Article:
A Change In The Weather is an inventive, unconventional film that concentrates on themes and stylistic flourishes to reach its audience rather than typical dramatic technique. Cristina Diaconu takes a closer look…
Jon Sanders’ A Change In The Weather is a low-budget film that abounds in beautiful, well-structured, long shots that follow the characters’ movements and delight the public with some impressive views of the French location. The story follows two artists, their relationship, and their fascination for analysing their actions and emotions.
A successful writer, Dan (Bob Goody), is working on a stage play about his relationship with his wife, Lydia (Anna Mottram), at different stages of their life. Three actresses are playing her 20-year-old self, her 40-year-old self, and her present self. To get to know the character better they are all separately interviewed by Dan and the other actors in the cast. Their questions are very personal and somehow they awake certain feelings and thoughts that Lydia has been considering for a while. Most of the dialogue is improvised by the cast itself, giving an allure of genuineness to the characters and their story. However, this also leaves the plot with a lot of gaps and things that do not really have an explanation for.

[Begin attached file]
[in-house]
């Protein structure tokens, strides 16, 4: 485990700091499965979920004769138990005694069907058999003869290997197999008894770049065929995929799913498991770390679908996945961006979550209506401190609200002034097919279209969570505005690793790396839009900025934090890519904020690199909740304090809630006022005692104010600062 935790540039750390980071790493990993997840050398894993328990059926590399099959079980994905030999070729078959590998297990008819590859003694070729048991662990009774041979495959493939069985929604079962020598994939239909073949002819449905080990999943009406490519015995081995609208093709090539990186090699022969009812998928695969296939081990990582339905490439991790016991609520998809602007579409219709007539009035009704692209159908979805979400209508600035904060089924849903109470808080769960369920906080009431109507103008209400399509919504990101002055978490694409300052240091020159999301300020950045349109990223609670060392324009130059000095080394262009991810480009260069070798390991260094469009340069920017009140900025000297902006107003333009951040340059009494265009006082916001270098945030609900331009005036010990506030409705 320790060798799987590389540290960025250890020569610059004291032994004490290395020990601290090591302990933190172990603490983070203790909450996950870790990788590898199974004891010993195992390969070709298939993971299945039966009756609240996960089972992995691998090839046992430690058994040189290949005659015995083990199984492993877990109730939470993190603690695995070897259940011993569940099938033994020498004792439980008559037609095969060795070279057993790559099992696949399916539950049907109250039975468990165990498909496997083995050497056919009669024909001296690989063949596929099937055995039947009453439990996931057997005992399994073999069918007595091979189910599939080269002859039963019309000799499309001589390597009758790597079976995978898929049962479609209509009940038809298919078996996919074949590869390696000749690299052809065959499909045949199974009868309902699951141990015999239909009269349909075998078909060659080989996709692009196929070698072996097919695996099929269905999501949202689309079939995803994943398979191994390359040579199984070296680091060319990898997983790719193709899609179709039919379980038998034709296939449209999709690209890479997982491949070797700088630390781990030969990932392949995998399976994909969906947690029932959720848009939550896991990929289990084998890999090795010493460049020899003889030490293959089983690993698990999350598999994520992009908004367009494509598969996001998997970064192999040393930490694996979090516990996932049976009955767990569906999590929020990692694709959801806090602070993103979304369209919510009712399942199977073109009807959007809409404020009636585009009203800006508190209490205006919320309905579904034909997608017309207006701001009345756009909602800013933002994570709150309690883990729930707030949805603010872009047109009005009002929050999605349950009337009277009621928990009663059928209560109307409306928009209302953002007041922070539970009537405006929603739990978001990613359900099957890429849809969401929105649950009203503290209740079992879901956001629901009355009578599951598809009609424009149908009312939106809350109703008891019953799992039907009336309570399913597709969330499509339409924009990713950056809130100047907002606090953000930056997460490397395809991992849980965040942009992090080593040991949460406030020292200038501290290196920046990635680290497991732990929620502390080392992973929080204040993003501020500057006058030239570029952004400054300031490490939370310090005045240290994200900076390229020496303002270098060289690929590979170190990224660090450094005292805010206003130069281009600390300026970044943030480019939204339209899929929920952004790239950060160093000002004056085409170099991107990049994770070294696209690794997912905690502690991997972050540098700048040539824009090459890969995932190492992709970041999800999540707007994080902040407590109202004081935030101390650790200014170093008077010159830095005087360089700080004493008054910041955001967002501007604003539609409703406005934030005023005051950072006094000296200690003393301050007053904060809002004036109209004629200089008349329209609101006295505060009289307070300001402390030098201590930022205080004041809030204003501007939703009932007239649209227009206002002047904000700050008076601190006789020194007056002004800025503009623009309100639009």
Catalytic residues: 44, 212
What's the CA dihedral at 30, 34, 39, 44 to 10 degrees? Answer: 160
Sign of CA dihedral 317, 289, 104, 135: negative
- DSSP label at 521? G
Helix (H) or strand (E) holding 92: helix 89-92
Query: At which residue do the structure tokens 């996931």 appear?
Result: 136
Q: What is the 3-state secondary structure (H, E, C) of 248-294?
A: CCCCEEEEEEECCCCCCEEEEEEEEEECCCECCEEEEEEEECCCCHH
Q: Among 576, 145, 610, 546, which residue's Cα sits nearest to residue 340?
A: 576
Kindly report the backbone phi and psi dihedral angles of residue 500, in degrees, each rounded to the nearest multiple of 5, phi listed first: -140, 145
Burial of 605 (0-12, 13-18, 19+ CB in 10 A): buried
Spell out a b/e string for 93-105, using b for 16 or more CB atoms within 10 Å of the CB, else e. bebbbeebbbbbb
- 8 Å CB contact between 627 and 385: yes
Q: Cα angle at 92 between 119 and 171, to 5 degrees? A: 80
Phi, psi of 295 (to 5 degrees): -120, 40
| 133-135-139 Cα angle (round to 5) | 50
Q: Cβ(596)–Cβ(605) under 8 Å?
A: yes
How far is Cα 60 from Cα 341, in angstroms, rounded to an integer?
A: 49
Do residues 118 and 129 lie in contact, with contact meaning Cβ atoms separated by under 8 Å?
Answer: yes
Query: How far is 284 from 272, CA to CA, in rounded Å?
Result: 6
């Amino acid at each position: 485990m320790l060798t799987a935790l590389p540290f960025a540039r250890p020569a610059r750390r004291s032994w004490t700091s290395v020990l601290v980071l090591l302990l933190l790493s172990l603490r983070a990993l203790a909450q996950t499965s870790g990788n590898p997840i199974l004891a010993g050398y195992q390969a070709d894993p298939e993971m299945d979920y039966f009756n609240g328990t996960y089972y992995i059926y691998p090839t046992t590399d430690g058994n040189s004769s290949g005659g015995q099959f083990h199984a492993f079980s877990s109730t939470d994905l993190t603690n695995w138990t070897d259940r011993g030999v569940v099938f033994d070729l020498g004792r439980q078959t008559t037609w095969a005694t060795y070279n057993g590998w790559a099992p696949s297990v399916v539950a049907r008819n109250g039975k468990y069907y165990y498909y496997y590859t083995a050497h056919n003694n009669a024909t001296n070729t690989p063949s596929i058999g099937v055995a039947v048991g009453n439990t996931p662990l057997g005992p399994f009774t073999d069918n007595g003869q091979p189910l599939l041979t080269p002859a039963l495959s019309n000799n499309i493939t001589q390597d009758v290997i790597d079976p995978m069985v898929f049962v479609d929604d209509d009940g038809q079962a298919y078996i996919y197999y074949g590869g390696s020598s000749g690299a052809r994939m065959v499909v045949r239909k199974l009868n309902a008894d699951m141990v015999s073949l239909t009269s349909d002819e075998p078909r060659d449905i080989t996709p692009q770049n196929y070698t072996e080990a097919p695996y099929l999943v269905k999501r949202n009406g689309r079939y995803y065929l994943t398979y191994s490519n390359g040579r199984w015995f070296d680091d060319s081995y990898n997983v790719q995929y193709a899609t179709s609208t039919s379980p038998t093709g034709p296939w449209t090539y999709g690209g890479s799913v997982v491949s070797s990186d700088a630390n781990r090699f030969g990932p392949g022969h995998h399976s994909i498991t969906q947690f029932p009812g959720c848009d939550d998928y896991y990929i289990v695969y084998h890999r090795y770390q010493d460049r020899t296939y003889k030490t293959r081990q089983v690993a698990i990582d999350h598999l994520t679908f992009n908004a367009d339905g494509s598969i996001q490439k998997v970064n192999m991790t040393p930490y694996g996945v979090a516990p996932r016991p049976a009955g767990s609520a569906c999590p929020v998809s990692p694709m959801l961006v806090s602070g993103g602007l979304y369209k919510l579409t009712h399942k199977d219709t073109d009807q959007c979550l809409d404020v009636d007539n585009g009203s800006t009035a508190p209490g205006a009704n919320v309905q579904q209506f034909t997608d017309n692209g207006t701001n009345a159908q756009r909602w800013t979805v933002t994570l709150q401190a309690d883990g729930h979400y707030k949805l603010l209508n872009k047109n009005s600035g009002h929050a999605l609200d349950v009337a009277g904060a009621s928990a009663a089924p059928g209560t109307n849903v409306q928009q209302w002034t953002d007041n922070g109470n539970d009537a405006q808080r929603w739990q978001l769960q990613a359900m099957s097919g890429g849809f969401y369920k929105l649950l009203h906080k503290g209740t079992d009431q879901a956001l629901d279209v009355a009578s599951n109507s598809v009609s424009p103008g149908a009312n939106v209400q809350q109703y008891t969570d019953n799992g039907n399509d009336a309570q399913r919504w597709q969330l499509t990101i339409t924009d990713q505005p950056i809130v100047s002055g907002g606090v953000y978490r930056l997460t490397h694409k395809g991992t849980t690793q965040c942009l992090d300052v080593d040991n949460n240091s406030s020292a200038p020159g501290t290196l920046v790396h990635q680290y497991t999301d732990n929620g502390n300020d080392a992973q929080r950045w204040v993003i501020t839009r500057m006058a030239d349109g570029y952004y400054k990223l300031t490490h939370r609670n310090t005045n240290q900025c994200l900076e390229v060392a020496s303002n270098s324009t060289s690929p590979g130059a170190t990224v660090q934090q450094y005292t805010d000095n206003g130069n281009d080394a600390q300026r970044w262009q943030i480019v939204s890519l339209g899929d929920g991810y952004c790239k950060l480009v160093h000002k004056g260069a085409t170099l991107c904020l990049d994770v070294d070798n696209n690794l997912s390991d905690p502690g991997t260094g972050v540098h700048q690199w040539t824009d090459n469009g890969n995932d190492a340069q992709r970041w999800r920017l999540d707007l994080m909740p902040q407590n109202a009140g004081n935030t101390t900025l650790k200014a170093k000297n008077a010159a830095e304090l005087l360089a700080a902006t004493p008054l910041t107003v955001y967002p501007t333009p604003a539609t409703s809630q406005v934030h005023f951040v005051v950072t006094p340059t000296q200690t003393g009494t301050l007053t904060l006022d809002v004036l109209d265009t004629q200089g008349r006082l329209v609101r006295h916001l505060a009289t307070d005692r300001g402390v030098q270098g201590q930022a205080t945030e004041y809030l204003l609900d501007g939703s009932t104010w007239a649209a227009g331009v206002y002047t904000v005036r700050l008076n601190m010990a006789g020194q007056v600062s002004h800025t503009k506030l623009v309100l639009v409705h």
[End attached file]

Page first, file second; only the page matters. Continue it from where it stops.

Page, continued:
The film bases itself on human behaviours and emotions rather than making sense in its plot, and the beautiful scenery adds to that. Even the shots that are filmed inside look spectacular and full of emotions; emotions generated also by the music that blends with the characters’ moves. A memorable shot is the one in which Lydia talks with her husband in the bathroom. One half of the screen depicts her looking towards her husband, while the other half is the mirror with their reflection looking at each other. There are also some interesting scenes that do not need any dialogue to speak to the audience.
The dance scene shows the three actresses dancing with their lover and husband, depicted as a wooden mannequin. The scene is full of emotions perfectly balanced by the piano music. Each dance changes, just like their relationship has changed during the years. When it started, it was all laughter and joy, but as the dance progresses to the ‘present’ day the gestures, looks, and touching between them change into wisdom and comfort rather than ‘crazy love’. This scene also starts a series of events that lead to Lydia questioning her happiness and relationship with Dan.
A Change In The Weather is not an easy film to watch as it does not make sense at times and the reality gets mixed with the theatre play, but personally, I think that was the film’s intention anyway. We don’t get to understand a lot of Dan and Lydia’s past relationship; we know a few things, but nothing to make us understand how they reached the ‘present’ point. We just get to see a small sequence of their life (and a very meaningful one for their relationship and them as people), without a beginning or a conclusion to their story.
Written by Cristina Diaconu
Directed by: Jon Sanders
Written by: Anna Mottram, Jon Sanders
Starring: Meret Becker, Douglas Finch, Maxine Finch
Released: 2017 / Genre: Documentary
Country: UK / IMDB
More reviews: Latest | Archive
A Change In The Weather was released in UK cinemas July 7.